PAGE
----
DUE NORTH: ĒRIKS EŠENVALDS AND AURORA BOREALIS AS A CLAIMED ARTISTIC SPACE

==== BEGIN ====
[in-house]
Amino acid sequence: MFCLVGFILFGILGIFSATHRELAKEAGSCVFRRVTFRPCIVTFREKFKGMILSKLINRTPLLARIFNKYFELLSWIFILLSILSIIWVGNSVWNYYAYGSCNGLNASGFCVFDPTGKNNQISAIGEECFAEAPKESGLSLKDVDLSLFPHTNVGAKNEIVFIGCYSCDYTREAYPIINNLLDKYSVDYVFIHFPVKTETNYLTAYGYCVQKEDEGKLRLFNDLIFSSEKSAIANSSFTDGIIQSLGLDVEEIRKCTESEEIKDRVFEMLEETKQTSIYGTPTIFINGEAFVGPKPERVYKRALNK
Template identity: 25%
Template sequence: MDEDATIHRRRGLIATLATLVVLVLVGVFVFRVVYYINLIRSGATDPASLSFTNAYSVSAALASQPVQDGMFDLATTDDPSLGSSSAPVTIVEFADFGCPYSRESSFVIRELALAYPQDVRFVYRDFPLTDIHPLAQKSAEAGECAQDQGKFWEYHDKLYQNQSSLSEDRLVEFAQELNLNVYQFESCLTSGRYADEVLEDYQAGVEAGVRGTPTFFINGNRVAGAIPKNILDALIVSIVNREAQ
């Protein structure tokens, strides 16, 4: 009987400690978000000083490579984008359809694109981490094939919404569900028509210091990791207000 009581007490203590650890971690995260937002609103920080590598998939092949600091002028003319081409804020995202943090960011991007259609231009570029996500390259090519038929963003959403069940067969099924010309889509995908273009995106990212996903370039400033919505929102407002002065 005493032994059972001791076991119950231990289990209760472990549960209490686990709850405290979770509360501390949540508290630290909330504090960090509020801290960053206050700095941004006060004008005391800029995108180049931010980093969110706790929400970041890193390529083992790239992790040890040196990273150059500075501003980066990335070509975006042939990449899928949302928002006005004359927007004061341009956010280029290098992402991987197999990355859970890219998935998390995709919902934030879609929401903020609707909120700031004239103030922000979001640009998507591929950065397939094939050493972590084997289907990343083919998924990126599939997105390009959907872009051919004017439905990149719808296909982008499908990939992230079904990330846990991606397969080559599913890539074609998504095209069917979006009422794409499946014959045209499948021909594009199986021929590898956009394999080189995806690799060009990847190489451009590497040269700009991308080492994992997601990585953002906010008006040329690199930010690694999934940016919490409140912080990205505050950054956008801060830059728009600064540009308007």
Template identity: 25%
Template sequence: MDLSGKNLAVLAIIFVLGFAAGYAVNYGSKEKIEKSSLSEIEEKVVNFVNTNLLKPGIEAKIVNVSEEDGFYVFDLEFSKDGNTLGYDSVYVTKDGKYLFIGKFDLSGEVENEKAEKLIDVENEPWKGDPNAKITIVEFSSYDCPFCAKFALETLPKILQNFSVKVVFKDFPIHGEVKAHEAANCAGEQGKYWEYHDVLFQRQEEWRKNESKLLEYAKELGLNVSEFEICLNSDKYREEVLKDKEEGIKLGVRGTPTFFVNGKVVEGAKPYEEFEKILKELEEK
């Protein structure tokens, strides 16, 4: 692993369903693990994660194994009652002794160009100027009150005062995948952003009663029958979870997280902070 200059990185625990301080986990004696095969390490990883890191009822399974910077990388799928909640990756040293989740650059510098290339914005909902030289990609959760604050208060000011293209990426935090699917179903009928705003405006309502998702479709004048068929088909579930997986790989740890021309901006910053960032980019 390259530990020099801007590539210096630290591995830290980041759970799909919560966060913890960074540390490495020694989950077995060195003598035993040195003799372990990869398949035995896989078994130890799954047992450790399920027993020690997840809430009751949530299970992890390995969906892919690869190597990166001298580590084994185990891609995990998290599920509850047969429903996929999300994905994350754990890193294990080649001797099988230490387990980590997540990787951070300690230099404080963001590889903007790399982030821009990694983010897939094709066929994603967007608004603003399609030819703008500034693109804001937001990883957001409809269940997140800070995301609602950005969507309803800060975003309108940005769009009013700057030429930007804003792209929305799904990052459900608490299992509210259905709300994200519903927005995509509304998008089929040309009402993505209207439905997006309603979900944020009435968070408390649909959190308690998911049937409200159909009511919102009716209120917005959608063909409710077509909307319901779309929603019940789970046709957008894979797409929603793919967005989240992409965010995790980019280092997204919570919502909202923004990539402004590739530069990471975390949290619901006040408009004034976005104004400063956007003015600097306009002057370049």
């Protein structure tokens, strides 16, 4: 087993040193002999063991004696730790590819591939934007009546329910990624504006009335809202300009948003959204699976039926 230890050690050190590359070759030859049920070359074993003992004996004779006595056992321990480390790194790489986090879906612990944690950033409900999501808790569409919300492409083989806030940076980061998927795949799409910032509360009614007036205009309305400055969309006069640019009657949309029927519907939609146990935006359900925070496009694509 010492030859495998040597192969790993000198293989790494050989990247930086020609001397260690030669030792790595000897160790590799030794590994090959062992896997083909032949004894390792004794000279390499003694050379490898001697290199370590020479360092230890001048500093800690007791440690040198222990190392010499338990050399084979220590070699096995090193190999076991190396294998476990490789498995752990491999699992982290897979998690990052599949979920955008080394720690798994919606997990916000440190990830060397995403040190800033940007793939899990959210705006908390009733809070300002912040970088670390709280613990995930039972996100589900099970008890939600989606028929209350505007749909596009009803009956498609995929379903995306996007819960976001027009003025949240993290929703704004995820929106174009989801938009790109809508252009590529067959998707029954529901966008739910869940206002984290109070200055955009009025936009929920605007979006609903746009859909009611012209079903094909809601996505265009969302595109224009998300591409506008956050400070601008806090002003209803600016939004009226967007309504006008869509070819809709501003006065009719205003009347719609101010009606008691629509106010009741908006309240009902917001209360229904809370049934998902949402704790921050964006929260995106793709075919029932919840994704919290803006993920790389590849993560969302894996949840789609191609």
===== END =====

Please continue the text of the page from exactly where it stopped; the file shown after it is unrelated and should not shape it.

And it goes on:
Latvian composer Ēriks Ešenvalds (b. 1977) has been rapidly gaining recognition in the global choral world with his consumer-conscious in terms of musical style and technical execution, and yet, textually complex compositions. A significant number of Ešenvalds’s works are inspired by the phenomenon of the Northern Lights (aurora borealis), including at least three compositions for choir, a multi-media symphony, a piano piece, and a clarinet concerto. I focus on Ešenvalds’s composition Northern Lights for mixed choir, power chimes, and water-tuned glasses, utilizing excerpts from the journals of 19th-century Arctic explorers – American Charles Francis Hall and Norwegian Fridtjof Nansen – in combination with the ancient Latvian folksong. This well-crafted choral work demonstrates main features of Ešenvalds’s current style, including uncomplicated harmonic language and structural design. The ways in which Ešenvalds sets, highlights, and layers chosen texts, however, are sophisticated and effective, resulting in a powerful narrative. Drawing upon writings of cultural geographers, ethnographers, historians, and literary scholars, and using Ešenvalds’s Northern Lights as an example, I argue that, through his “Northern” creative output, Ešenvalds discovers, negotiates, and, finally, authors his cultural identity as both a Latvian and, more broadly, a “Northern” composer.